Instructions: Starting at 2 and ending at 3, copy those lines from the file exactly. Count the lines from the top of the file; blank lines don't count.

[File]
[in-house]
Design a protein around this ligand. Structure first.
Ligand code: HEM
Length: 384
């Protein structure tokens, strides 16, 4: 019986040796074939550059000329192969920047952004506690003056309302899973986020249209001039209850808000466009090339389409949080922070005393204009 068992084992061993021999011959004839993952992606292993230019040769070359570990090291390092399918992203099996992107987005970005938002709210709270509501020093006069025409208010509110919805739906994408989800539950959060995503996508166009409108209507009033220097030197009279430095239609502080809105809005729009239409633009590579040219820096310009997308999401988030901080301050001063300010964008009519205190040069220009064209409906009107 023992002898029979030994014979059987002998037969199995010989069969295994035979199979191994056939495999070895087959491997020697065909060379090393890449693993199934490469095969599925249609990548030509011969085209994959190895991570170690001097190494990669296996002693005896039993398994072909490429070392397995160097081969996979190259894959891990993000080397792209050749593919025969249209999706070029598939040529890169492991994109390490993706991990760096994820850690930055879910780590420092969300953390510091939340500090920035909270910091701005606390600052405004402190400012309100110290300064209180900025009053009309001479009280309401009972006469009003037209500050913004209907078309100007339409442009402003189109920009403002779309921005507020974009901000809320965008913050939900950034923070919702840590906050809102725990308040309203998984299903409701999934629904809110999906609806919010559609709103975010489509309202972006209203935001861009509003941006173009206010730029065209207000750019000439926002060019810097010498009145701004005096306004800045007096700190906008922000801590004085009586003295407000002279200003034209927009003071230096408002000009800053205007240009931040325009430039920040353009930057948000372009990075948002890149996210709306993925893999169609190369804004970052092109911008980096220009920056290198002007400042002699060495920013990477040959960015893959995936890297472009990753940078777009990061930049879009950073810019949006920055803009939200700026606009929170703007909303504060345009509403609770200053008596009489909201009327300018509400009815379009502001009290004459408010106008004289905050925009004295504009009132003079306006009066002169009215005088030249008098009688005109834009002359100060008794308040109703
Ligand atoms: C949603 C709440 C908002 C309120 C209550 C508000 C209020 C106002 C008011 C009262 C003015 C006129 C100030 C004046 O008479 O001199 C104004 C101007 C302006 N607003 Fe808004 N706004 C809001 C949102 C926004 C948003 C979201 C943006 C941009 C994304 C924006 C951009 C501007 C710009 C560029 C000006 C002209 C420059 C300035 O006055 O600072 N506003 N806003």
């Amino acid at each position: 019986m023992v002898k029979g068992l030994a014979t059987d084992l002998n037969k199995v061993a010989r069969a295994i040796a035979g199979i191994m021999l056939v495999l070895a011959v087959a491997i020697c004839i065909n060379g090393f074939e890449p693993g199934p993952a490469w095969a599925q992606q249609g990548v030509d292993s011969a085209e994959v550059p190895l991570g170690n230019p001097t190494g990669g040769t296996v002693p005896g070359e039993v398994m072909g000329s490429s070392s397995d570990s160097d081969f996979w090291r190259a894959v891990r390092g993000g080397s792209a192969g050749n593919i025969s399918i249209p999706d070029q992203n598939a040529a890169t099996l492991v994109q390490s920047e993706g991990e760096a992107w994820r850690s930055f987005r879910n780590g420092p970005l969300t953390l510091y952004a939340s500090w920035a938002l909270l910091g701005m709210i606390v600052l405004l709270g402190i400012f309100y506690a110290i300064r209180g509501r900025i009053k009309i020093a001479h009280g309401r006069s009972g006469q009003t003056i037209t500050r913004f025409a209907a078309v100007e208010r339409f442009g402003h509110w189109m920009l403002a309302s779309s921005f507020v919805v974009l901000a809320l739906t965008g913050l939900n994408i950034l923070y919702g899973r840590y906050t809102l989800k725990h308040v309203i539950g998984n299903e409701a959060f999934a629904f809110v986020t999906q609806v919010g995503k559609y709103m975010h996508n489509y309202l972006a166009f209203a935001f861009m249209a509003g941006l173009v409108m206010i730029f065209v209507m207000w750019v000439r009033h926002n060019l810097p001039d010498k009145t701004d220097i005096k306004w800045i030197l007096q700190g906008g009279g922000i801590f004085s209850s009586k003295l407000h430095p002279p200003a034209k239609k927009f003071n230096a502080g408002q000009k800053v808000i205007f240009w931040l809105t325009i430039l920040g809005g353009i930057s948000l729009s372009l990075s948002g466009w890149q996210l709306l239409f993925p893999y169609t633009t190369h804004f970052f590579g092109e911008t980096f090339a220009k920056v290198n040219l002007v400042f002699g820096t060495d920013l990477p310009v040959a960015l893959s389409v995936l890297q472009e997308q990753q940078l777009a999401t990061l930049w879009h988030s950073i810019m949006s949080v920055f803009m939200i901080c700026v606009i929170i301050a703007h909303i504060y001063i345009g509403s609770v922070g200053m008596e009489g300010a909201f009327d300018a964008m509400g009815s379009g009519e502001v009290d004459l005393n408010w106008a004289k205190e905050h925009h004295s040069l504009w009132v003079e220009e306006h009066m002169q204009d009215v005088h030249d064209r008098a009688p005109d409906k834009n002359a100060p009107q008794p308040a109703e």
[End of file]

Design a protein around this ligand. Structure first.
Ligand code: HEM